This hor­ror movie is based on a true story. Sort of.

Chattanooga Times Free Press - ChattanoogaNow - - MOVIES - BY ROBERT ITO NEW YORK TIMES NEWS SER­VICE

The Winch­ester Mys­tery House in San Jose, Calif., is in­cred­i­bly whim­si­cal or in­tensely eerie, de­pend­ing on how you view such things, with stairs lead­ing to the ceil­ing and doors that open to nowhere.

The grand es­tate was the home of Sarah Winch­ester, heiress to the Winch­ester Re­peat­ing Arms for­tune, who, ac­cord­ing to leg­end, had work­ers cease­lessly la­bor­ing on the house for decades, from 1884 un­til her death in 1922. She un­der­took the project at the be­hest of a New Eng­land seer to de­lay her own demise, one ver­sion of the story goes, or to calm the spir­its of the thou­sands of souls killed through­out the ages by Winch­ester ri­fles, as another ver­sion has it.

The tale has all the mak­ings of a good hor­ror flick: a mys­te­ri­ous medium; a weird, pos­si­bly haunted house; a reclu­sive heiress who may or may not have been in­sane; ghosts. Best of all, the story is true — or is it?

In “Winch­ester,” which opens Fri­day, di­rec­tors Peter and Michael Spierig (“Pre­des­ti­na­tion,” “Jig­saw”) have taken the North­ern Cal­i­for­nia tale at its spooky word, fill­ing the man­sion with lev­i­tat­ing ri­fles, rock­ing chairs that move by them­selves, and the specters of an army of long-dead war veter­ans and mur­der vic­tims. Then there’s He­len Mir­ren, dressed head to toe in mourn­ing black, as the mys­te­ri­ous Winch­ester. Cue the jump scare.

Stu­dio mar­keters are play­ing up the “true story” an­gle on trail­ers and posters and news re­leases, hop­ing to make the al­ready scary story even more so. But the stu­dio also added the la­bel be­cause it couldn’t as­sume that peo­ple out­side North­ern Cal­i­for­nia would even have heard of Sarah Winch­ester and her house.

“Winch­ester” is the lat­est in a grand line of hor­ror films to trade on such sup­posed ve­rac­ity. “Based on a true story,” the trail­ers to these films trum­pet, or “in­spired by ac­tual events.” The 1979 “The Ami­tyville Hor­ror” was based on a sup­posed haunt­ing from 1975 (“You will be­lieve,” the trailer in­toned). The macabre ex­ploits of Ed Gein, the Wis­con­sin mur­derer who fash­ioned fur­ni­ture and cloth­ing out of hu­man body parts, in­spired films from “Psy­cho” to “The Texas Chain Saw Mas­sacre” (“What hap­pened is true,” one film poster read) to “The Si­lence of the Lambs.”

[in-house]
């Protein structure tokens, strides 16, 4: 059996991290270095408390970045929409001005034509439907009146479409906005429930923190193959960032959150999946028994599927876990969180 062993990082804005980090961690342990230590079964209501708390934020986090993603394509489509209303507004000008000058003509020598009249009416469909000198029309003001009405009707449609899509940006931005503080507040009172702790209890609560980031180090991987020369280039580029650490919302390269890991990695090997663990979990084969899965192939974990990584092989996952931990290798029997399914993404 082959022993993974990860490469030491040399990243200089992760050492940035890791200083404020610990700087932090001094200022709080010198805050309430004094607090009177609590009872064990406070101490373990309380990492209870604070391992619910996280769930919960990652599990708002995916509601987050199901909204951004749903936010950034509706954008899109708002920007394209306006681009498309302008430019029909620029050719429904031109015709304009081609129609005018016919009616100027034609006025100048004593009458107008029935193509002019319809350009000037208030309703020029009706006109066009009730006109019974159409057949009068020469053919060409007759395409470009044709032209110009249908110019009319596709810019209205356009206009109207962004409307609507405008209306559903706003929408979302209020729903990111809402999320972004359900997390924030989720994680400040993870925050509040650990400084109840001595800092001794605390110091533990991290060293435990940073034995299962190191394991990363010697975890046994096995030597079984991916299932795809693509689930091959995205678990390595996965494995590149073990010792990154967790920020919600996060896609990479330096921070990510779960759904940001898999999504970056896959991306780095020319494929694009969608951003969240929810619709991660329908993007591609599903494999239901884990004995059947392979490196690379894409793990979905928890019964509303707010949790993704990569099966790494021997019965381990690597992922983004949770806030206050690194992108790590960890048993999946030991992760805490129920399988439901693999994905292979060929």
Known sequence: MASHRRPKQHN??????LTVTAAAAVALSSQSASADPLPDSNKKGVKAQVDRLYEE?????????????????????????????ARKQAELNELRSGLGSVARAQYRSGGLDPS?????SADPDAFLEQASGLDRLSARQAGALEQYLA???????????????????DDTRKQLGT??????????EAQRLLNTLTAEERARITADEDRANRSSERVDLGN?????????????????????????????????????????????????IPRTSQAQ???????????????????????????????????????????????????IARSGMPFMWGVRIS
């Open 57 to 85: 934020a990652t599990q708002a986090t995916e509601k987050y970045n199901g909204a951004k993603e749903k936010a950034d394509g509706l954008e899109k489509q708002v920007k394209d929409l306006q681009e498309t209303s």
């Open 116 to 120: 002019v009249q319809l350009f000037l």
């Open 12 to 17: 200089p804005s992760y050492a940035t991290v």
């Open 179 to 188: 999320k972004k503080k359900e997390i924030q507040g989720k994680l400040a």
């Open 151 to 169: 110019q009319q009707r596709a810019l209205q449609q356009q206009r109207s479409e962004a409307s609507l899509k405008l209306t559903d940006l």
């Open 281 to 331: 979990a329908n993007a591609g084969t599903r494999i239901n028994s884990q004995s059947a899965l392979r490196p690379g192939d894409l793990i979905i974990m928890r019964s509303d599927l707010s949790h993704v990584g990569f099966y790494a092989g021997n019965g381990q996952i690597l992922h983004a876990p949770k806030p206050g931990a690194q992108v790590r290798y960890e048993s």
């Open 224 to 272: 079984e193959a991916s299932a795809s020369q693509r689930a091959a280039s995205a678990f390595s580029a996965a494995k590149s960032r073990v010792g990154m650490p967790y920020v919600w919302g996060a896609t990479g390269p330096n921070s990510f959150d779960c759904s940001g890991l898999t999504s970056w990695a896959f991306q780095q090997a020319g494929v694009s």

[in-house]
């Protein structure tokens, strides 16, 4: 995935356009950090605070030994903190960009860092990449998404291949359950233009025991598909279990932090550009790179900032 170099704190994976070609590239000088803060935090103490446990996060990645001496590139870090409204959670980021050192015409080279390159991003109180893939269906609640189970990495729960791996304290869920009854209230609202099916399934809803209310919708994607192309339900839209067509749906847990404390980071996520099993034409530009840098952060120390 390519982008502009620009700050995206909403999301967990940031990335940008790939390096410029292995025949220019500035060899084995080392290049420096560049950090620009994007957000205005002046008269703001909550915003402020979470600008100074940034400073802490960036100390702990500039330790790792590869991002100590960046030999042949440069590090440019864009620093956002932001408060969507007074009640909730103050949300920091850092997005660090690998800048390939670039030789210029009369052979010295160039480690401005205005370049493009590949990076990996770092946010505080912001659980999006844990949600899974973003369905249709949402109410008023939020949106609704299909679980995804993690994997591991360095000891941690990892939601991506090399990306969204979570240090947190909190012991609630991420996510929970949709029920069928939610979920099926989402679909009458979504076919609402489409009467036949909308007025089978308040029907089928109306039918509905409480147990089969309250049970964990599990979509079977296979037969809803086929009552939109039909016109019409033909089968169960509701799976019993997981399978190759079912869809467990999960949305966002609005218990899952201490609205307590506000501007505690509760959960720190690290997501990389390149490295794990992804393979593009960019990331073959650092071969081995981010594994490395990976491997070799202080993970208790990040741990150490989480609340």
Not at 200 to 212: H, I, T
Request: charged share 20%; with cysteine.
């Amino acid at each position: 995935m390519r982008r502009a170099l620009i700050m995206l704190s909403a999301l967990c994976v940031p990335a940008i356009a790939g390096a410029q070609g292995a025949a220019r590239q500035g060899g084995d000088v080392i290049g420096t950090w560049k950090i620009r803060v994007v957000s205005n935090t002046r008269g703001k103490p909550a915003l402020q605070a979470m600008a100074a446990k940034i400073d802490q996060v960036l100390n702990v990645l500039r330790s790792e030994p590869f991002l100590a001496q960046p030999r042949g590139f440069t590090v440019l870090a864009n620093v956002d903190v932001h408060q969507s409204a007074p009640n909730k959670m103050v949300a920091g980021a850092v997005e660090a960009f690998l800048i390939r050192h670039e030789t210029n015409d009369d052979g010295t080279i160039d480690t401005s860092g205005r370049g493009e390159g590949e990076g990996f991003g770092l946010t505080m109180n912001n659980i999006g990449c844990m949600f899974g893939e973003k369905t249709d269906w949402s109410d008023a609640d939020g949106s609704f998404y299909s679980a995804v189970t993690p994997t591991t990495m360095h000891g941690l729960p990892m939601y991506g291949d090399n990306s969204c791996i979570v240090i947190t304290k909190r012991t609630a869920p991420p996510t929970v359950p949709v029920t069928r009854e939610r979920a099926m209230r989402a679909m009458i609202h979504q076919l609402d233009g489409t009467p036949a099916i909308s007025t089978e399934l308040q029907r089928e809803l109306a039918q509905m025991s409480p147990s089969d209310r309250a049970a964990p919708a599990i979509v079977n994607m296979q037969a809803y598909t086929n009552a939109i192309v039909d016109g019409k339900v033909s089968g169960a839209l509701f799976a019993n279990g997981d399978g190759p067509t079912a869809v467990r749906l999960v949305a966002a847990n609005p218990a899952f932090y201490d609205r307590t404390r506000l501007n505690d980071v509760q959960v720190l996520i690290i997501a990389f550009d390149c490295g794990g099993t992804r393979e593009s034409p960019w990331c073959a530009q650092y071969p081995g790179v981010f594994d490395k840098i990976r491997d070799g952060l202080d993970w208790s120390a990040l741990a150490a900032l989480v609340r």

“If you can es­tab­lish that there’s a true story, or that there are fac­tual el­e­ments be­ing wo­ven into the story, then you’ve taken a big step in in­duc­ing a creepy mood in your au­di­ence,” said Stephen Prince, a cin­ema stud­ies pro­fes­sor at Vir­ginia Tech and ed­i­tor of “The Hor­ror Film,” a col­lec­tion of es­says about the genre.

But how true to life can a hor­ror film be, par­tic­u­larly ones, like “Winch­ester,” that are filled with spir­its and ap­pari­tions? And who would be­lieve these claims in the first place?

“The au­di­ence for hor­ror films is a very self-se­lected au­di­ence, in a way that’s not true for a lot of other gen­res,” Prince said. “Peo­ple who go to these films are ready to be­lieve.”